As Diamonds and Pearls is more of a "band" record than most of the works in Prince's discography, it then stands to reason that the bonus material may reflect that shift in perspectives. This is not the young upstart tyro rebuilding pop culture in his image or standing in front of the open fire hydrant of raw creativity as depicted in the 1999, Purple Rain or Sign O' the Times box sets. Or is it?
The first of the box set's seven CDs, as always, covers the ground of mostly released, previously uncompiled tracks of the era: remixes, B-sides and edits. (All seven discs are included in individual cardboard wallets with great alternate takes from the album cover shoot; they're all included in a two panel carrier.) For the first time on such a project, this disc...actually doesn't cover the real breadth of what Prince would put out on maxi-singles. "Gett Off" and "Cream," in particular, were crafted as mini suites of drastically different versions, only some of which are featured here ("Gett Off (Houstyle)," "Violet the Organ Grinder," "Gangster Glam," "Cream (N.P.G. Mix)," the Tony M. freestyle "Things Have Gotta Change," and "Do Your Dance," a Keith "K.C." Cohen revisit of "Cream"). Three tracks from the "Gett Off" single and five from "Cream" are omitted; while some are understandable - the more widely available extended mix of "Gett Off" is supplanted by the rougher, new-to-CD 12" promo version, clocking in at "damn near 10 minutes" - the contained nature of these discs make one wonder if it would have been preferable to replicate them on their own. Happily, the long unavailable B-sides "Horny Pony" (dropped from the album at the last minute for "Gett Off") and the NPG posse cut "Call the Law" re-enter the purple canon here.
Over the three discs of material from the fabled vault, listeners get a generous, top-down view of not only the earliest geneses of Diamonds and Pearls, but several of the projects that occupied Prince's mind over a roughly 18-month period. It's difficult to assess what's truly a holy grail in this set, because everyone's tastes are different - but there's still a lot to love. The deeply personal opener "Schoolyard" is a dazzling, breezy pop cut that feels rare in Prince's canon. An early re-take on 1988's "Glam Slam," recorded to promote Prince's Minneapolis nightclub of the same name, contains some of the DNA of "Gett Off." (More on that venue in a moment.) Some early, alternate versions are more intellectually interesting - the second take of "Cream" that doesn't quite possess the original's charm - but early versions of "Insatiable," "Live 4 Love" and a stunning, extended "Diamonds and Pearls" tantalize the ear, the mind and the heart in equal measure.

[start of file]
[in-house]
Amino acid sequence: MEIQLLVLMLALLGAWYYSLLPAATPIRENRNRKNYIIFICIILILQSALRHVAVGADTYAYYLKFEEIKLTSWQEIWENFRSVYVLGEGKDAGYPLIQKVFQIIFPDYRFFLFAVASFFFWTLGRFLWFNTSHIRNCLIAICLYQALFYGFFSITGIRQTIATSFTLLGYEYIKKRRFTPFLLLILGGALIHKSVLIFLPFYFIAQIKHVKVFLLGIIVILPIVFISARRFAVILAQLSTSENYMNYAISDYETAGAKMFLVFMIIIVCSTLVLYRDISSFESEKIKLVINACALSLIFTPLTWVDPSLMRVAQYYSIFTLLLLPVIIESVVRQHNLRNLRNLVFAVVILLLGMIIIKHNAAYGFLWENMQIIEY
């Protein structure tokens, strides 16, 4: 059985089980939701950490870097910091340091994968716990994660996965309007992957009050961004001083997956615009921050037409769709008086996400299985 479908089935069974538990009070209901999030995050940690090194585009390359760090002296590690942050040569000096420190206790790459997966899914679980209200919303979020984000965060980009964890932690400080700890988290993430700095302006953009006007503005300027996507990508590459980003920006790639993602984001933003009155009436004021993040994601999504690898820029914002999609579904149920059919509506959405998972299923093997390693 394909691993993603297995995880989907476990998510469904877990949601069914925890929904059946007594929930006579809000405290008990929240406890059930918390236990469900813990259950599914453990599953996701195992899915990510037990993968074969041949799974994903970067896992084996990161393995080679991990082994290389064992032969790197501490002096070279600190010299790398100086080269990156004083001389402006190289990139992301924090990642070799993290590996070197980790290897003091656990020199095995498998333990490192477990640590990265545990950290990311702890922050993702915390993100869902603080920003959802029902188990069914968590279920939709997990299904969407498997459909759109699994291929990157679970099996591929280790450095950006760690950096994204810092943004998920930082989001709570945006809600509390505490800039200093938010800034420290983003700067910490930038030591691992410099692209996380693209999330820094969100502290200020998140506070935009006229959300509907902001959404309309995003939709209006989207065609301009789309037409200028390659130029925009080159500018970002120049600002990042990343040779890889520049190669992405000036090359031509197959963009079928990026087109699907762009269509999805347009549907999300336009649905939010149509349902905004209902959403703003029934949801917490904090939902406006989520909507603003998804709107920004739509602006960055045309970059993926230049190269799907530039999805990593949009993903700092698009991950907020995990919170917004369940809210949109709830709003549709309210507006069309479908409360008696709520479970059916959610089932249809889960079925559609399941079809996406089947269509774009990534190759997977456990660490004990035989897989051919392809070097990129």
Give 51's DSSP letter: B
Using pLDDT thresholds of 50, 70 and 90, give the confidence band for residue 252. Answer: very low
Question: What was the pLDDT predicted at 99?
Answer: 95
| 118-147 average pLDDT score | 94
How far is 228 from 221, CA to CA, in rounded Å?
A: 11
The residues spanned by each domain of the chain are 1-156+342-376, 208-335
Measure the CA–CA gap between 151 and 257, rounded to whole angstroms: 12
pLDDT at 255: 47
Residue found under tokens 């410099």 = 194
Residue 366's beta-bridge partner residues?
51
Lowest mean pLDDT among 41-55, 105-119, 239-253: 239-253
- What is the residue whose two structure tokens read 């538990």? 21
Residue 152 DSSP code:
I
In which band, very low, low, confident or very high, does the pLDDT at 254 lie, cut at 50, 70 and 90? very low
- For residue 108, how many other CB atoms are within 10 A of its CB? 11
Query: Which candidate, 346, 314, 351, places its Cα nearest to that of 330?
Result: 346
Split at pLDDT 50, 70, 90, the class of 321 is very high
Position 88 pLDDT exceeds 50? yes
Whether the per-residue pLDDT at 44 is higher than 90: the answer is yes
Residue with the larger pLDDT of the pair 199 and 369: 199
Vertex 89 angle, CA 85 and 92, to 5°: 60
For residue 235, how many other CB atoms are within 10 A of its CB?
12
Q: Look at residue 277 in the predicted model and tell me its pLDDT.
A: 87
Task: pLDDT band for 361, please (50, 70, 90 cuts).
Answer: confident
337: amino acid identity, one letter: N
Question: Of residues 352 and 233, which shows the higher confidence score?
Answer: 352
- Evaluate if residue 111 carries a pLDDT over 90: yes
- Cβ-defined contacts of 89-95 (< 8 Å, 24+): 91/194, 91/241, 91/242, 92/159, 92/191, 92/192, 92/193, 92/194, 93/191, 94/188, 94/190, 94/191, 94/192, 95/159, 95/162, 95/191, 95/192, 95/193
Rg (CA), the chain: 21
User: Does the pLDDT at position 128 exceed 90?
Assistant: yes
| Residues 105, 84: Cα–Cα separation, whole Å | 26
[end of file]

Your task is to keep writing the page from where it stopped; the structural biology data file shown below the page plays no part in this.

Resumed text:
Fans of Prince's '90s production efforts will enjoy his demos of songs he wrote for Chaka Khan, Mavis Staples, Jevetta Steele and Martika. Three songs from 1991's terrific Martika's Kitchen are included (the title track, "Spirit" and "Don't Say U Love Me"), as well as the quirky "Work That Fat," which features a voice-modulated rap from The Artist over the "Martika's Kitchen" rhythm track. (The fourth song he did for the album, the stunning Top 20 hit "Love...Thy Will Be Done," is heard in demo form on Originals.) A few "band" tracks potentially earmarked for Diamonds, like "Something Funky (This House Comes)" and the striking "The Last Dance (Bang Pow Zoom and the Whole Nine)," showcases Prince's deepening connections to hip-hop and trust in Tony Mosley to lead the ship in that regard. A super-sized "Thunder Ballet" brings the vault portion to a rollicking close.
IV. U Ain't Been Gettin' Served
Featured on the box's sixth and seventh discs and the accompanying Blu-ray is perhaps the crown jewel of the Diamonds and Pearls bonus material: a blazing show recorded at the beginning of 1992 - roughly in between the album's release date and the commencement of a full tour - onstage at Minneapolis' Glam Slam. Already, Prince was starting to expand The NPG, adding a full horn section as well as gospel-inspired family group The Steeles. (Prince's future wife Mayte Garcia makes a brief opening cameo, performing a dance.) The set is additionally notable as one of Prince's few Diamonds and Pearls-era dates in North America - he hadn't toured the continent since 1988 and wouldn't again until 1993 - and also serves as an interesting race against time: opening captions and occasional cutaways to an electronic clock indicate that the show started quite late at night, with an obscure local law banning dancing after 1 a.m.!